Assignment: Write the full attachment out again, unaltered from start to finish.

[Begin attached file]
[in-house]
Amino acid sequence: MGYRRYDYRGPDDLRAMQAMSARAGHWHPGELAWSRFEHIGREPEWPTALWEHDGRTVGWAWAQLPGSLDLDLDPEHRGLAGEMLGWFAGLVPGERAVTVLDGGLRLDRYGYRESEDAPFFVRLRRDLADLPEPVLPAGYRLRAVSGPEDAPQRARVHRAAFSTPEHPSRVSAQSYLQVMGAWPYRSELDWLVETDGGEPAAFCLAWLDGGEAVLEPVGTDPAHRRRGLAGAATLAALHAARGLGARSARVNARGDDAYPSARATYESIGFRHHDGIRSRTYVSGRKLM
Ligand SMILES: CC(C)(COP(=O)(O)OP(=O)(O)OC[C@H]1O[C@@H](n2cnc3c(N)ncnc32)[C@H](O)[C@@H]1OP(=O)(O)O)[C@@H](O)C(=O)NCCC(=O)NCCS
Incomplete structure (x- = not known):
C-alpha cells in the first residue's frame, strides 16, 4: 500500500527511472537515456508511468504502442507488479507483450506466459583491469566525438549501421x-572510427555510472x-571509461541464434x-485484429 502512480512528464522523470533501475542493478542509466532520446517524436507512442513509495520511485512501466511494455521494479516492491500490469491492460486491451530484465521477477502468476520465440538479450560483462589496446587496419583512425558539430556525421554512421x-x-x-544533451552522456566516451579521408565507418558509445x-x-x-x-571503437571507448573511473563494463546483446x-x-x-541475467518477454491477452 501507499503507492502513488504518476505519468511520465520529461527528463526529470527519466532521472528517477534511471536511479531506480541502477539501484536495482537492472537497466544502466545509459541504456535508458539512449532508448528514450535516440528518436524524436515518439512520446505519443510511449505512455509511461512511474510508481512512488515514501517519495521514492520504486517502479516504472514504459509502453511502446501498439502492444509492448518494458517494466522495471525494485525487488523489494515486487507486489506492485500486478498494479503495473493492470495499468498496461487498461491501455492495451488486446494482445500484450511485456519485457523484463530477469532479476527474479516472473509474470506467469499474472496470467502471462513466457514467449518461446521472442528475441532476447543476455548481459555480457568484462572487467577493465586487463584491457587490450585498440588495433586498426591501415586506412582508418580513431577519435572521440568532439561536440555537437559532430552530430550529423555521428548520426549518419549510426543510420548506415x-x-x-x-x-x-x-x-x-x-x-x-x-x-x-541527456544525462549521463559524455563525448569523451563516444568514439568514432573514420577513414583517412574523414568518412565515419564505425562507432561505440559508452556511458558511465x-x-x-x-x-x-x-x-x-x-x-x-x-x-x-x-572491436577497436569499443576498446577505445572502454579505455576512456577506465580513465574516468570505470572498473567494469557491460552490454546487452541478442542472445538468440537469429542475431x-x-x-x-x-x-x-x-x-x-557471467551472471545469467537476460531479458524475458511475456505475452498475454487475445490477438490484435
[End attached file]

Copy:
[in-house]
Amino acid sequence: MGYRRYDYRGPDDLRAMQAMSARAGHWHPGELAWSRFEHIGREPEWPTALWEHDGRTVGWAWAQLPGSLDLDLDPEHRGLAGEMLGWFAGLVPGERAVTVLDGGLRLDRYGYRESEDAPFFVRLRRDLADLPEPVLPAGYRLRAVSGPEDAPQRARVHRAAFSTPEHPSRVSAQSYLQVMGAWPYRSELDWLVETDGGEPAAFCLAWLDGGEAVLEPVGTDPAHRRRGLAGAATLAALHAARGLGARSARVNARGDDAYPSARATYESIGFRHHDGIRSRTYVSGRKLM
Ligand SMILES: CC(C)(COP(=O)(O)OP(=O)(O)OC[C@H]1O[C@@H](n2cnc3c(N)ncnc32)[C@H](O)[C@@H]1OP(=O)(O)O)[C@@H](O)C(=O)NCCC(=O)NCCS
Incomplete structure (x- = not known):
C-alpha cells in the first residue's frame, strides 16, 4: 500500500527511472537515456508511468504502442507488479507483450506466459583491469566525438549501421x-572510427555510472x-571509461541464434x-485484429 502512480512528464522523470533501475542493478542509466532520446517524436507512442513509495520511485512501466511494455521494479516492491500490469491492460486491451530484465521477477502468476520465440538479450560483462589496446587496419583512425558539430556525421554512421x-x-x-544533451552522456566516451579521408565507418558509445x-x-x-x-571503437571507448573511473563494463546483446x-x-x-541475467518477454491477452 501507499503507492502513488504518476505519468511520465520529461527528463526529470527519466532521472528517477534511471536511479531506480541502477539501484536495482537492472537497466544502466545509459541504456535508458539512449532508448528514450535516440528518436524524436515518439512520446505519443510511449505512455509511461512511474510508481512512488515514501517519495521514492520504486517502479516504472514504459509502453511502446501498439502492444509492448518494458517494466522495471525494485525487488523489494515486487507486489506492485500486478498494479503495473493492470495499468498496461487498461491501455492495451488486446494482445500484450511485456519485457523484463530477469532479476527474479516472473509474470506467469499474472496470467502471462513466457514467449518461446521472442528475441532476447543476455548481459555480457568484462572487467577493465586487463584491457587490450585498440588495433586498426591501415586506412582508418580513431577519435572521440568532439561536440555537437559532430552530430550529423555521428548520426549518419549510426543510420548506415x-x-x-x-x-x-x-x-x-x-x-x-x-x-x-541527456544525462549521463559524455563525448569523451563516444568514439568514432573514420577513414583517412574523414568518412565515419564505425562507432561505440559508452556511458558511465x-x-x-x-x-x-x-x-x-x-x-x-x-x-x-x-572491436577497436569499443576498446577505445572502454579505455576512456577506465580513465574516468570505470572498473567494469557491460552490454546487452541478442542472445538468440537469429542475431x-x-x-x-x-x-x-x-x-x-557471467551472471545469467537476460531479458524475458511475456505475452498475454487475445490477438490484435